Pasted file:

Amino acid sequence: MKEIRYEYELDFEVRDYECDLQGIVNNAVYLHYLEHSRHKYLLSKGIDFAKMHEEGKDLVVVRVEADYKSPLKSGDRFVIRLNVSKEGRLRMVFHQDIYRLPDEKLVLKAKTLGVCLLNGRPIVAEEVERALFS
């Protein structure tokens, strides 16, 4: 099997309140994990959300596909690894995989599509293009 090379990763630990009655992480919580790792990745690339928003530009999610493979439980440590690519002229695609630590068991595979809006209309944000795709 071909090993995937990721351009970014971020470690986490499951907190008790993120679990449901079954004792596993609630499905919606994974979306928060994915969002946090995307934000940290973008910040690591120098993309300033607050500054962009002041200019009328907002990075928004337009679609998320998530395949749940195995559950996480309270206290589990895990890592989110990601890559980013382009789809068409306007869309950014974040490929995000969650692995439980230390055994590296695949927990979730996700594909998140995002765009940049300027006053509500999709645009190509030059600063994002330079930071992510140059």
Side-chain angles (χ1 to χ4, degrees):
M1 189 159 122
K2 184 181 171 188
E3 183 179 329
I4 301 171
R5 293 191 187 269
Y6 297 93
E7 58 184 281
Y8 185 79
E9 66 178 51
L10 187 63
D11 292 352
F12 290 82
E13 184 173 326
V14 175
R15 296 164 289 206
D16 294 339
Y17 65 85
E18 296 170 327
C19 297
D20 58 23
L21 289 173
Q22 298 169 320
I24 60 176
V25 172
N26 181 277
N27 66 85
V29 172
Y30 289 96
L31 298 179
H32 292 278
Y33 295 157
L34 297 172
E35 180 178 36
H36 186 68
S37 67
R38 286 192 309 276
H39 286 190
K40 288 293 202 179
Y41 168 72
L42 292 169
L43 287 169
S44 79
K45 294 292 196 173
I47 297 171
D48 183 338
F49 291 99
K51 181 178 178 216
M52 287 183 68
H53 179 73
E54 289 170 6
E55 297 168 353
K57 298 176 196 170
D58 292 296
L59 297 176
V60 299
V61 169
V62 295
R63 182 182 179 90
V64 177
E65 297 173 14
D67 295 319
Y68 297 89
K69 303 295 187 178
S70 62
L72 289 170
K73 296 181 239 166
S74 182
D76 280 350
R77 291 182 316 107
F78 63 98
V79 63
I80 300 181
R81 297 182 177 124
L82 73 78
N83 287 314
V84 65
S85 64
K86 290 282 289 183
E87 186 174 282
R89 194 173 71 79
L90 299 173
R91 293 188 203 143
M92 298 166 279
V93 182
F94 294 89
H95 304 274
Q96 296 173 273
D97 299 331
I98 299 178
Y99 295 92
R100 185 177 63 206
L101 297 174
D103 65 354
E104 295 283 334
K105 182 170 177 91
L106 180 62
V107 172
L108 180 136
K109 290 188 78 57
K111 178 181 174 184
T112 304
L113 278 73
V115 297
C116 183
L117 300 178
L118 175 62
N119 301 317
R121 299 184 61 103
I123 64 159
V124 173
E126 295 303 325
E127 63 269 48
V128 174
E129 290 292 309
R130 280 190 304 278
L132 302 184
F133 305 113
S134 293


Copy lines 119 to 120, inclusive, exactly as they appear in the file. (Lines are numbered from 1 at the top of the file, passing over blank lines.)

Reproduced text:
L132 302 184
F133 305 113